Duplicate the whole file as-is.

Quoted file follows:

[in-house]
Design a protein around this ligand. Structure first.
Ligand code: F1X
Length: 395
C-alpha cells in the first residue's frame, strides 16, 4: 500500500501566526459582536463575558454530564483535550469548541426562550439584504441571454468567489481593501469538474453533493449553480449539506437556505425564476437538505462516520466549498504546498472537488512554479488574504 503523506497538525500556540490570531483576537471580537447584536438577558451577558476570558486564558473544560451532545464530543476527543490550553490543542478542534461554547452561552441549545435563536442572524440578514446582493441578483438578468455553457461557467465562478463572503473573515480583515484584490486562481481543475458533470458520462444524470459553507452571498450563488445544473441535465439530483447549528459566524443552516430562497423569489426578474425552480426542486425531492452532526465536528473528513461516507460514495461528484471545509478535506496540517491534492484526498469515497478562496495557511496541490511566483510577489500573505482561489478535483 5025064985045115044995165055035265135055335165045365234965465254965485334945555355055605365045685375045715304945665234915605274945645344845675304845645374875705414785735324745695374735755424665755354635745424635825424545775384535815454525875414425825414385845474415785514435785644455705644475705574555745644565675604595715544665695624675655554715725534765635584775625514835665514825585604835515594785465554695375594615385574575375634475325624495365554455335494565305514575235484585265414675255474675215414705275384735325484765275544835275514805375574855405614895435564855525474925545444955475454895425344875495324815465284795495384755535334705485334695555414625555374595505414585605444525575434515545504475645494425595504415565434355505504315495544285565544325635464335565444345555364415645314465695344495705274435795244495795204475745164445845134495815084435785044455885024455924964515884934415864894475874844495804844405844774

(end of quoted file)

[in-house]
Design a protein around this ligand. Structure first.
Ligand code: F1X
Length: 395
C-alpha cells in the first residue's frame, strides 16, 4: 500500500501566526459582536463575558454530564483535550469548541426562550439584504441571454468567489481593501469538474453533493449553480449539506437556505425564476437538505462516520466549498504546498472537488512554479488574504 503523506497538525500556540490570531483576537471580537447584536438577558451577558476570558486564558473544560451532545464530543476527543490550553490543542478542534461554547452561552441549545435563536442572524440578514446582493441578483438578468455553457461557467465562478463572503473573515480583515484584490486562481481543475458533470458520462444524470459553507452571498450563488445544473441535465439530483447549528459566524443552516430562497423569489426578474425552480426542486425531492452532526465536528473528513461516507460514495461528484471545509478535506496540517491534492484526498469515497478562496495557511496541490511566483510577489500573505482561489478535483 5025064985045115044995165055035265135055335165045365234965465254965485334945555355055605365045685375045715304945665234915605274945645344845675304845645374875705414785735324745695374735755424665755354635745424635825424545775384535815454525875414425825414385845474415785514435785644455705644475705574555745644565675604595715544665695624675655554715725534765635584775625514835665514825585604835515594785465554695375594615385574575375634475325624495365554455335494565305514575235484585265414675255474675215414705275384735325484765275544835275514805375574855405614895435564855525474925545444955475454895425344875495324815465284795495384755535334705485334695555414625555374595505414585605444525575434515545504475645494425595504415565434355505504315495544285565544325635464335565444345555364415645314465695344495705274435795244495795204475745164445845134495815084435785044455885024455924964515884934415864894475874844495804844405844774